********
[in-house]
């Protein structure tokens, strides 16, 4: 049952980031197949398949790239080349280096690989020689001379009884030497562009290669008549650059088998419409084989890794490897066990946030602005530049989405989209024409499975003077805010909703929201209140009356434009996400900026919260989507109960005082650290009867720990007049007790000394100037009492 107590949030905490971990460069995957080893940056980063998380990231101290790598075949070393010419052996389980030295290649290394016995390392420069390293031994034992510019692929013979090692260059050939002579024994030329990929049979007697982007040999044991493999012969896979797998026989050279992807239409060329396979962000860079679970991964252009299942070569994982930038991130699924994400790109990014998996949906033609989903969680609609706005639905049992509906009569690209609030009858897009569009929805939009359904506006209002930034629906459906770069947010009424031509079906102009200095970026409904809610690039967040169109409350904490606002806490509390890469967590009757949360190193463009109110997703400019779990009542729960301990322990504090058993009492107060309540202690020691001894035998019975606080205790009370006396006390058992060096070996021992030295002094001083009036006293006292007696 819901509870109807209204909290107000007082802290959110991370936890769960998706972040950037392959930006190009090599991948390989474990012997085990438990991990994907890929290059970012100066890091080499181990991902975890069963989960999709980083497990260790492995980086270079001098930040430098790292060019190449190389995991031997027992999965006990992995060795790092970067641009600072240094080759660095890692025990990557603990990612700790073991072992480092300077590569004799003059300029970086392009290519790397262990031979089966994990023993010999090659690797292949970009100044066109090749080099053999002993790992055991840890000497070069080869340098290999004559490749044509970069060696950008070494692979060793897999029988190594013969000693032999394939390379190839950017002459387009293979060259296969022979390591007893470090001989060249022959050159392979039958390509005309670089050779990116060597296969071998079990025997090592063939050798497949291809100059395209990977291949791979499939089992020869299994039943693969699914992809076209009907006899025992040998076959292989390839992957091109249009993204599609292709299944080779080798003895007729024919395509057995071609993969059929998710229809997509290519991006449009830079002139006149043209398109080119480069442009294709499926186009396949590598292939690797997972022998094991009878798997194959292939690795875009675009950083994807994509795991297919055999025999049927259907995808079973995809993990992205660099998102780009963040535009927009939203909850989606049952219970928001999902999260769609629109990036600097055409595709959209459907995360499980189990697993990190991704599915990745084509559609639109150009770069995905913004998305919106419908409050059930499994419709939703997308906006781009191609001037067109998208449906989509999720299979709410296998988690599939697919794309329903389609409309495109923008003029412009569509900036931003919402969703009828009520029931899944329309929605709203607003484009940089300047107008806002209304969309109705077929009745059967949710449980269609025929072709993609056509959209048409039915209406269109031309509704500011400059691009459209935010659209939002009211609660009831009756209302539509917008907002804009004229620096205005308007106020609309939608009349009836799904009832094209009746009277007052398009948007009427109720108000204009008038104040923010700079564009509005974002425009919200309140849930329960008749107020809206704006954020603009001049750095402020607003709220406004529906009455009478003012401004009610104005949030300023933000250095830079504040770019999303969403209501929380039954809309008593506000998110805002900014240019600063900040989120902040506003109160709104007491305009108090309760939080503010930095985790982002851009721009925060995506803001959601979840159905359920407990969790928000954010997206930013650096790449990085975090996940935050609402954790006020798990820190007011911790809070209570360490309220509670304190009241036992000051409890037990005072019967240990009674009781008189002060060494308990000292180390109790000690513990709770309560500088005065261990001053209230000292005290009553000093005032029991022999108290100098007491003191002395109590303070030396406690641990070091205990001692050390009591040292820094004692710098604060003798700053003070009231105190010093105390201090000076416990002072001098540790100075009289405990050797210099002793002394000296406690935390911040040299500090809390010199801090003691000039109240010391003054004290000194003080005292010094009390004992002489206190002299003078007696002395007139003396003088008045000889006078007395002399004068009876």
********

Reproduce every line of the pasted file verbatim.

[in-house]
């Protein structure tokens, strides 16, 4: 049952980031197949398949790239080349280096690989020689001379009884030497562009290669008549650059088998419409084989890794490897066990946030602005530049989405989209024409499975003077805010909703929201209140009356434009996400900026919260989507109960005082650290009867720990007049007790000394100037009492 107590949030905490971990460069995957080893940056980063998380990231101290790598075949070393010419052996389980030295290649290394016995390392420069390293031994034992510019692929013979090692260059050939002579024994030329990929049979007697982007040999044991493999012969896979797998026989050279992807239409060329396979962000860079679970991964252009299942070569994982930038991130699924994400790109990014998996949906033609989903969680609609706005639905049992509906009569690209609030009858897009569009929805939009359904506006209002930034629906459906770069947010009424031509079906102009200095970026409904809610690039967040169109409350904490606002806490509390890469967590009757949360190193463009109110997703400019779990009542729960301990322990504090058993009492107060309540202690020691001894035998019975606080205790009370006396006390058992060096070996021992030295002094001083009036006293006292007696 819901509870109807209204909290107000007082802290959110991370936890769960998706972040950037392959930006190009090599991948390989474990012997085990438990991990994907890929290059970012100066890091080499181990991902975890069963989960999709980083497990260790492995980086270079001098930040430098790292060019190449190389995991031997027992999965006990992995060795790092970067641009600072240094080759660095890692025990990557603990990612700790073991072992480092300077590569004799003059300029970086392009290519790397262990031979089966994990023993010999090659690797292949970009100044066109090749080099053999002993790992055991840890000497070069080869340098290999004559490749044509970069060696950008070494692979060793897999029988190594013969000693032999394939390379190839950017002459387009293979060259296969022979390591007893470090001989060249022959050159392979039958390509005309670089050779990116060597296969071998079990025997090592063939050798497949291809100059395209990977291949791979499939089992020869299994039943693969699914992809076209009907006899025992040998076959292989390839992957091109249009993204599609292709299944080779080798003895007729024919395509057995071609993969059929998710229809997509290519991006449009830079002139006149043209398109080119480069442009294709499926186009396949590598292939690797997972022998094991009878798997194959292939690795875009675009950083994807994509795991297919055999025999049927259907995808079973995809993990992205660099998102780009963040535009927009939203909850989606049952219970928001999902999260769609629109990036600097055409595709959209459907995360499980189990697993990190991704599915990745084509559609639109150009770069995905913004998305919106419908409050059930499994419709939703997308906006781009191609001037067109998208449906989509999720299979709410296998988690599939697919794309329903389609409309495109923008003029412009569509900036931003919402969703009828009520029931899944329309929605709203607003484009940089300047107008806002209304969309109705077929009745059967949710449980269609025929072709993609056509959209048409039915209406269109031309509704500011400059691009459209935010659209939002009211609660009831009756209302539509917008907002804009004229620096205005308007106020609309939608009349009836799904009832094209009746009277007052398009948007009427109720108000204009008038104040923010700079564009509005974002425009919200309140849930329960008749107020809206704006954020603009001049750095402020607003709220406004529906009455009478003012401004009610104005949030300023933000250095830079504040770019999303969403209501929380039954809309008593506000998110805002900014240019600063900040989120902040506003109160709104007491305009108090309760939080503010930095985790982002851009721009925060995506803001959601979840159905359920407990969790928000954010997206930013650096790449990085975090996940935050609402954790006020798990820190007011911790809070209570360490309220509670304190009241036992000051409890037990005072019967240990009674009781008189002060060494308990000292180390109790000690513990709770309560500088005065261990001053209230000292005290009553000093005032029991022999108290100098007491003191002395109590303070030396406690641990070091205990001692050390009591040292820094004692710098604060003798700053003070009231105190010093105390201090000076416990002072001098540790100075009289405990050797210099002793002394000296406690935390911040040299500090809390010199801090003691000039109240010391003054004290000194003080005292010094009390004992002489206190002299003078007696002395007139003396003088008045000889006078007395002399004068009876």